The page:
The Vietnam War, which was waged from 1955 to 1975, represented the conflict between North Vietnam, backed by the Soviet Union and other communist allies, and South Vietnam, supported by the US military. The North Vietnamese government viewed the war as a colonial war. They wanted to unite the North and South Vietnam under a communist system over the entire nation. The US government got involved in the war in order to prevent such a communist takeover of South Vietnam. This war cost the United States 58,000 lives, with more than 300,000 wounded, and consequently caused more than one million Vietnamese deaths and 600,000 casualties. According to US Senator John Kerry, who spoke out against the Vietnam conflict upon their return to the United States, “[s]omeone has to die so that President Nixon won't be… ‘the first President to lose a war’" (Barry).
The Vietnam War proved to be a proving ground for political photographers, and the arena afforded them a great amount of political expression. David Halberstam, the author of the book Requiem, believes that "Vietnam was a great war for photographers"(Burmaster). Many photographers took great risks in order to capture historical moments, playing a major part in establishing the public perception of the Vietnam War. The war was accompanied by a strong anti-war movement, which was spurred on by documentation via political photographers of the devastation.
One of the more influential photographs of the Vietnam War was Faas’ “War Is Hell.” Horst Faas, a two-time Pulitzer Prize winner, was among the photographers who worked for the Associated Press. During his mission to cover events of the Vietnam War, he recognized that "Vietnam set an example of photojournalism that has become an eternal marker for all subsequent wars" (Burmaster). On June 18, 1965, Faas captured the image of an unidentified U.S Army soldier with a hand-written “War is Hell” on his helmet, which became the title of the picture (Burmaster). This photograph illustrates the perspective of the soldier as a participant in the anti-war movement.
Riboud’s work “Peace March,” taken on October 21, 1967, limns a young girl, Jan Rose Kasmir, attending the march with thousands of other anti-war activists ("Marc Riboud Biography"). This was among the most visually powerful anti-war photographs of its time, many of which effectively turned public opinion against the United States military’s participation in the Vietnam War. In works similar to those of Faas, Marc Riboud of Magnum Photos, an international photography cooperative, became a “witness” to both the Vietnamese and the American sides of the Vietnam War.
The two photographs captured by Marc Riboud and Horst Faas perfectly illustrate the horrifying nature of the war, and how peace-loving American youth stood against it. The main characteristic both black-and-white photographs share, despite their illustration of different situations caused by the war,,is that they convey a similar message: US civilians and military personnel want to stop the war. Though war is inevitable, their hopes to prevent further destruction are apparent through their anti-war stance.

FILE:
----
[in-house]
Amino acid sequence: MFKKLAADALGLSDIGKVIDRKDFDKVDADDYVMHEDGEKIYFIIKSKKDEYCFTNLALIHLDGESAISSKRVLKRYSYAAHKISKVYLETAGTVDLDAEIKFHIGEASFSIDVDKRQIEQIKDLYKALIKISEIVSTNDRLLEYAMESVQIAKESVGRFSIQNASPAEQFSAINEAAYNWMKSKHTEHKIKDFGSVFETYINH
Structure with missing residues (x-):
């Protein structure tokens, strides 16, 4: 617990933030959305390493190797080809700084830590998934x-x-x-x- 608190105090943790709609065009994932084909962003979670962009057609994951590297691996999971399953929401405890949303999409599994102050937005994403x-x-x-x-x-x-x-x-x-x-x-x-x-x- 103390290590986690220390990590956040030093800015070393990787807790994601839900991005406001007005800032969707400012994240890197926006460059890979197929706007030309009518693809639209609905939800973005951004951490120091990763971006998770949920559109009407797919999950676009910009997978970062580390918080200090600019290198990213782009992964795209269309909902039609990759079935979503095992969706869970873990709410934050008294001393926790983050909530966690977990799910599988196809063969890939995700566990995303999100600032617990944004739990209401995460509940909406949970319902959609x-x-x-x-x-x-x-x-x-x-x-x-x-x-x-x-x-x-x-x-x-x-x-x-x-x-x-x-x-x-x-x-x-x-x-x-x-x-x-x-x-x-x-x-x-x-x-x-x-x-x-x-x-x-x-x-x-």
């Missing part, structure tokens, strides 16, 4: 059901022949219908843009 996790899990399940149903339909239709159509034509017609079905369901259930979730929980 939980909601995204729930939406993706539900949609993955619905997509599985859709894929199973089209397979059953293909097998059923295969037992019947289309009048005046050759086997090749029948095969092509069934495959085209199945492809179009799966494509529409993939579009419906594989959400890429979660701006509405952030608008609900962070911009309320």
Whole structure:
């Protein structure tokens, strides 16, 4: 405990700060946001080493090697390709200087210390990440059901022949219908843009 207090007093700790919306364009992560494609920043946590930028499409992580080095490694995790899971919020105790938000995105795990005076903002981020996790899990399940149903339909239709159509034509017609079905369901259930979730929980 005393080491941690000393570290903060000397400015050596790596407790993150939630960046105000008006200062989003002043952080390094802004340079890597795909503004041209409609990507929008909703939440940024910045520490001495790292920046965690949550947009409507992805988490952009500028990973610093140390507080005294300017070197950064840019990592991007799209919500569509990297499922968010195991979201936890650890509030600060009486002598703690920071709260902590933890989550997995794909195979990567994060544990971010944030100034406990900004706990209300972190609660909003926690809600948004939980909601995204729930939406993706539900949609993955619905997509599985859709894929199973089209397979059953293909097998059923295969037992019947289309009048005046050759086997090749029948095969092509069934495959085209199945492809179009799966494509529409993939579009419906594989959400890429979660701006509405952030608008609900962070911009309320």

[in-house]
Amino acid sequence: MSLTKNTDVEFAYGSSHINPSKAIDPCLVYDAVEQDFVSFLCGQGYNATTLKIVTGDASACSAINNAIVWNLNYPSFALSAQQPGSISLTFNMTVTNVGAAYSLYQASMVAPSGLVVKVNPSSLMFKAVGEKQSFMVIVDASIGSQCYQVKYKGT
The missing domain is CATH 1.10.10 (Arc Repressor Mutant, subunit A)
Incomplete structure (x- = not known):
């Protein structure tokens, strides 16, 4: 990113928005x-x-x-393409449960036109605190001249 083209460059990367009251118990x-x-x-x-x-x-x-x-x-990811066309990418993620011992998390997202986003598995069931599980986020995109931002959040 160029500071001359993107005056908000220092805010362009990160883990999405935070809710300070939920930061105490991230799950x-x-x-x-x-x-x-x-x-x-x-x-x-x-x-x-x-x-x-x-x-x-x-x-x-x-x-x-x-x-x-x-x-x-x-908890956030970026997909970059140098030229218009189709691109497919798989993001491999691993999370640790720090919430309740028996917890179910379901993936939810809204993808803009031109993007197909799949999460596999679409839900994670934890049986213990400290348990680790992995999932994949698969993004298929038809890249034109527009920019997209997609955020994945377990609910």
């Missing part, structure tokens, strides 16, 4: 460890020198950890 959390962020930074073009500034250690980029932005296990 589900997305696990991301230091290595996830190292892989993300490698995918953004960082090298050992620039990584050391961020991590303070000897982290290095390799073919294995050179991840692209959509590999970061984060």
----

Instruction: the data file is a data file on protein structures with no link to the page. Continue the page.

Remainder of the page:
“War is Hell” and “Peace March” connect to each other most obviously through an anti-war theme that is evident through the imagery in the photos. Faas’s “War is Hell” was taken in the middle of June 1965 in Vietnam, at the most pivotal time in the Vietnam War. The US government sent thousands of soldiers overseas to protect South Vietnam from the communist forces of North Vietnam. Many bloody battles between the two countries took place over this dispute. Civilians killed other civilians, soldiers murdered other soldiers, and horrifying photographs appeared on the news, but more effectively in photographs. These horrific images of the war, which illustrated soldiers’ experiences and the reality of terrible conditions in Vietnam, were quickly sent back to America. Photographs were one of the most influential elements in increasing US citizens’ abhorrence of the war.
“Flower Child” carries with it a similar significance, but the battlefield it depicts took place on the home front. Even in America, miles away from the campaign, thousands of Americans who had sons, husbands, or even fathers fighting in the war gathered to raise their voices against this costly battle. On October 21, 1967, Riboud had the opportunity to witness one of the most famous anti-war movements in history take place in Washington D.C., where thousands of livid young American peace advocates, including Jan Rose Kasmir, stood in front of the Pentagon to confront the horrific attendants of American troops in Vietnam (Curry). They sought to inquire about if and when their relatives would return home safely, and more importantly, they hoped to stop the war by influencing the government through peaceful protest. The two photographs play a significant role in the anti-war movement, both demonstrating the reality of the war to viewer.